I’m the librarian of the Food Network’s library. I am looking for winter, but struggling. I see Mindy Heiferling’s A Taste of Spring, Elizabeth David’s Summer Cooking and Rick Rodgers’ Autumn Gatherings. Nowhere do I find winter.
This seems odd. Without the luxury of hibernation, I find that we’re forced into the kitchen during winter — if only in search of warmth or light. Our kitchens slow down to the pace of a simmer, larders get rooty, meats get more stew worthy. Winter may be low season in the farm cycle, but it is high season for cooking. Winter’s true harvest is to be found in the kitchen.
Cookbooks may pretend to have an aversion to winter, but don’t believe them. To find winter, look for it in bowls. Because bowl foods, literally and spiritually, physically and metaphysically, radiate warmth. Cold hands like a warm bowl. And the soups, stews, braises and other slow-cooking one-pot dishes that belong to bowls are the foods that truly deserve the name “comfort food” (everything else is the comfort of nostalgia).
So here are four favorite books from the Food Network’s library dedicated to bowl foods — much-loved books to celebrate a little-loved season, housewarming in the best sense:
All About Braising: The Art of Uncomplicated Cooking
Molly Stevens (W. W. Norton, 2004)
This is from one of our greatest cooking teachers. Serious, precise and deeply informative, All About Braising is as close to the last word on this subject as you are going to get. Stevens’ books unlock keys to understanding. Flawless as the recipes are, her achievement is in her talent for liberating readers from the tyranny of recipes. This book won’t just keep you warm in winter; it’ll make you a better cook.
Stews, Bogs, and Burgoos: Recipes from the Great America Stewpot
James Villas (William Morrow, 1997)
Don’t know your bogs from your burgoos? Follow James Villas as he travels the country on a brilliant ride through the regional American repertoire of long-simmering dishes. Here is Brunswick stew, Santa Fe posole, Sheboygan cider pork and apple stew, and on and on. Plenty of engaging history and local color keeps things moving. Villas leaves one with a newfound respect for the glories of American cuisine.
The Complete Book of Soups and Stews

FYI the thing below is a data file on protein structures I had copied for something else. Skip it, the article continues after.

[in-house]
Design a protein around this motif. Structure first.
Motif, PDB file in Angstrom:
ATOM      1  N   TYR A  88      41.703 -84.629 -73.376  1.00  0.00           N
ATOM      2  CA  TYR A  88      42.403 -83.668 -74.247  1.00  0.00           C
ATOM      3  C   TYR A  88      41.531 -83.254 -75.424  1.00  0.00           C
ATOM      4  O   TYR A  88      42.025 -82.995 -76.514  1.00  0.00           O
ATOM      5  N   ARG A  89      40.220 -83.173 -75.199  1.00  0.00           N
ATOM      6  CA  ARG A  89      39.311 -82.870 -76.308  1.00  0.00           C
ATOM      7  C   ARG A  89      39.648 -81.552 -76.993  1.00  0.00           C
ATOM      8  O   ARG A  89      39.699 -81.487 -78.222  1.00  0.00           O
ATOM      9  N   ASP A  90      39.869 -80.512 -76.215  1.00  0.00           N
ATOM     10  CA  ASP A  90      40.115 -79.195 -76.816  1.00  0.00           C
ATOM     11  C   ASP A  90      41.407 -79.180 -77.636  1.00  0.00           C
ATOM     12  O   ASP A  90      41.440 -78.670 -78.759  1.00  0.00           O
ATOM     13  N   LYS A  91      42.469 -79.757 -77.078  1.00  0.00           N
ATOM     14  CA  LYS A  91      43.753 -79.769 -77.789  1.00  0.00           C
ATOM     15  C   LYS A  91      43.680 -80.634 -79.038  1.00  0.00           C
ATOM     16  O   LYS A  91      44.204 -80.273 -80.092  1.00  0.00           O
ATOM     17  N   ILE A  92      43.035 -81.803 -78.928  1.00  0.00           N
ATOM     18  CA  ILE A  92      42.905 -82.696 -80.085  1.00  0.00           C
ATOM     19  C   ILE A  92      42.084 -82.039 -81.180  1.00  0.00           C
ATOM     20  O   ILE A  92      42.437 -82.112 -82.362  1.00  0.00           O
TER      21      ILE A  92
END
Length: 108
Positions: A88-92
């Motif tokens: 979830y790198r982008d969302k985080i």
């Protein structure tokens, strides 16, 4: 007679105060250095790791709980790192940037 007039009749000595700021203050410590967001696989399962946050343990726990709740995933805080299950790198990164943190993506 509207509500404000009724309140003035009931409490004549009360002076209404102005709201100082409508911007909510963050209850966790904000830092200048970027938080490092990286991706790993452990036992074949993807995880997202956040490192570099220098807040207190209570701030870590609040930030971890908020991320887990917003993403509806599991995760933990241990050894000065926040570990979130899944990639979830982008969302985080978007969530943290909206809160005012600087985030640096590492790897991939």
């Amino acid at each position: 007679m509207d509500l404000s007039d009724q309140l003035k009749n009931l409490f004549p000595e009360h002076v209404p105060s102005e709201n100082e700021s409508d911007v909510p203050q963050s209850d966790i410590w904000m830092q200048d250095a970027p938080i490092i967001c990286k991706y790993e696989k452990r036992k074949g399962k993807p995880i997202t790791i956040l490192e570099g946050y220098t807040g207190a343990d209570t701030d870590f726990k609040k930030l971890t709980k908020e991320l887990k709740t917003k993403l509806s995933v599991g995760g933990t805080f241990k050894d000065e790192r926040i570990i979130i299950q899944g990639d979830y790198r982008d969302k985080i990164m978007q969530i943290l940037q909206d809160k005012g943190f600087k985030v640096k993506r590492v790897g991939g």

Bernard Clayton, Jr. (Simon & Schuster, 1984)
“Complete” may be a bit much to expect from 400+ pages, but this marvelous book from an exceptionally well-traveled author covers a ton of ground — from Scottish Oatmeal Soup to Korean Bean Sprout Soup, traditional Philadelphia Pepper Pot to New England Clam Chowder. During the 1970s and ’80s, Clayton was perhaps America’s preeminent authority on breads and pastries. Soups and Stews is one of his lesser known books, but it shares his characteristic attention to technique. The recipes, laid out in an unusual two-column format, are generous in their clarity, precision and do-ability. Pencil illustrations lend visual charm. A classic.
The Soup Peddler’s Slow and Difficult Soups
David Ansel (Ten Speed Press, 2005)
Because winter is a slow and difficult season, a sense of humor helps. This slim volume is less a cookbook than a collection of rollicking, fictionalized tales of food and community, recounting a season in the life of a free-spirited purveyor of bicycle-delivered soup in of Austin, Texas. The book’s 40+ recipes share a center of gravity somewhere between Austin and the moon — global-frontera cuisine. Thus, caldo de pollo rubs shoulders with Ukrainian borscht, and green chile stew bumps up against Iraqi split pea soup. Whimsical illustrations complete the package.
Jonathan Milder loves cooking and reading, and reading and cooking. He is known to read while cooking and cook while reading. Which makes him a lucky man to hold the position of Food Network Research Librarian, where he has more than 5,000 books with which to read and cook and cook and read to his heart’s content.
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